In the 1970’s and 80’s, managers continued to focus on caring for the wildlife and rangeland by building an understanding of how the natural systems should function. The reintroduction of fire as a natural means to improve the range and to limit the expansion of the forest onto the prairie was researched. An active fire program was started, with the first prescribed fire occurring in 1972.

Exploration is still on going today (and the ranks of which cave is largest changes frequently).

Wind Cave National Park is open year round with visitation the highest in June, July and August and lowest in December, January and February.

The length of the surveyed cave is 135 miles (217.26 kilometers).

The deepest point surveyed are the underground lakes, which are 654 feet (199.3 m) below the highest point in the cave.

On the banks of Wind Cave's underground lake

On the banks of Wind Cave's underground lake

Not only does Wind Cave National Park protect the 87 miles of passageways below it, but is home to a host of Black Hills features including mountains, ponderosa forest, prairies, and the most miles of established, maintained, hiking trails of all of the National Park facilities located in South Dakota.

Wind Cave National Park by default is also an excellent jumping off point to see other Black Hills attractions like Custer State Park, Mt. Rushmore National Memorial, Jewel Cave National Monument, and the Crazy Horse Memorial.

Calcite Rafts, a thin layer of calcite stone, floats on the top of the lakes.  The unusual stone formation will sink when the surface tension of the water is broken.  These formations have been found in dry parts of the cave, adding to the evidence that the water levels in the Black Hills have rose and receded over the millennium, creating the numerous caves we can see today.

Wind Cave National Park also offers a wider variety of tours and programs for visitors than it’s smaller sibling to the west, Jewel Cave National Monument.

 

Special thanks to wind.cave.national-park.comoutdoorplaces.com and nps.gov

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Christmas Lights: Illuminating the Cold Winter Night Since 1880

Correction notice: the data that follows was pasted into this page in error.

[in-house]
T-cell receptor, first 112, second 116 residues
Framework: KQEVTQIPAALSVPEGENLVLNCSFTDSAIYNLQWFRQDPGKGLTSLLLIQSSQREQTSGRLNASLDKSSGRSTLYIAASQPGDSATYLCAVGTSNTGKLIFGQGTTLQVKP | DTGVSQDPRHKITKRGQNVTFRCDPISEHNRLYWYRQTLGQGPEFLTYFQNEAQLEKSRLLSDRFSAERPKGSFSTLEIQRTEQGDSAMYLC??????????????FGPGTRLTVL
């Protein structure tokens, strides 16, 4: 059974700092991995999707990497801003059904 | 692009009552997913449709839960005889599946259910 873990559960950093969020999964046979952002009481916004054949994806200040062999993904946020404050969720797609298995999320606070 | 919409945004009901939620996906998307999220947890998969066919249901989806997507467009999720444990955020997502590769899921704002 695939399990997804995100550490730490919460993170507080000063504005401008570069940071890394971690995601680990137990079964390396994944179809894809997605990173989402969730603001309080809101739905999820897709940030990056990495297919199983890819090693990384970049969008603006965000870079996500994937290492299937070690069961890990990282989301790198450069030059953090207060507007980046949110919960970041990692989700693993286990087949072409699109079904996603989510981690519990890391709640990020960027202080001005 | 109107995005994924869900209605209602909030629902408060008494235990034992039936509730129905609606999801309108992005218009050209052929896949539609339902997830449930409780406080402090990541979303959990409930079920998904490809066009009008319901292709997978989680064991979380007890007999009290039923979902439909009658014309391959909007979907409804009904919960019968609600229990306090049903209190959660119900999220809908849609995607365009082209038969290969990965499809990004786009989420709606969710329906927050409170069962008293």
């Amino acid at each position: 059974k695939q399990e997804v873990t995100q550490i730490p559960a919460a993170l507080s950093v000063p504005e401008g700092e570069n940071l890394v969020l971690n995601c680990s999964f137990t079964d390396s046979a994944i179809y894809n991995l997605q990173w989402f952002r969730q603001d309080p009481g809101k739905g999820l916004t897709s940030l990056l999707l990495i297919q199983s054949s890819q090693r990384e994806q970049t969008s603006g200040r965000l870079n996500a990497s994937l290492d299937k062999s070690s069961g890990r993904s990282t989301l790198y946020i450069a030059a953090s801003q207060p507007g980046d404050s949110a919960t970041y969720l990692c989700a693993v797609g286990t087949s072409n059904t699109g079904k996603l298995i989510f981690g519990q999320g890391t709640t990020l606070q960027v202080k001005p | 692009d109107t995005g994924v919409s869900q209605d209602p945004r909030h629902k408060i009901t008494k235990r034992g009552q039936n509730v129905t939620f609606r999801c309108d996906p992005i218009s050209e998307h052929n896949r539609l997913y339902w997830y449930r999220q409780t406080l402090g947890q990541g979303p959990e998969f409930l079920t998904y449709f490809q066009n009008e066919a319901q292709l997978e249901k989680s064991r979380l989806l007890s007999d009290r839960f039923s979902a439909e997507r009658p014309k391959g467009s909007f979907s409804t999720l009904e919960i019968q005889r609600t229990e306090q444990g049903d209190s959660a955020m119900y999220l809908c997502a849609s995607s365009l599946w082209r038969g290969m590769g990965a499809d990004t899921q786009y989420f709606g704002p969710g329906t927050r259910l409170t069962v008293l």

Fun Facts About Christmas Lights

  • The General Electric Christmas lighting outfit, the first set offered for sale to the public. Circa 1903-1904.

    The General Electric Christmas lighting outfit, the first set offered for sale to the public. Circa 1903-1904.

    The inventors of electric Christmas lights are Thomas Edison and Edward Johnson

  • Before electric Christmas lights, families would use candles to light up their Christmas trees. This practice was often dangerous and led to many home fires.
  • Edward H. Johnson put the very first string of electric Christmas tree lights together in 1882. Johnson, Edison’s friend and partner in the Edison’s Illumination Company, hand-wired 80 red, white and blue light bulbs and wound them around his Christmas tree. Not only was the tree illuminated with electricity, it also revolved.
  • During the Christmas season of 1880, strands of lights were strung around the outside of Edison’s Menlo Park Laboratory. Railroad passengers traveling by got their first look at an electrical light display.
  • General Electric was the first company to offer pre-wired Christmas light strings. Prior to this, lights had to be hand wired on the tree. GE was unable to patent their string (or festoon), and suddenly the market was open to anyone who wanted to manufacture the strings.
  • Modern Christmas light decorating to the extreme

    Modern Christmas light decorating to the extreme

    In 1895, U.S. President Grover Cleveland proudly sponsored the first electrically lit Christmas tree in the White House.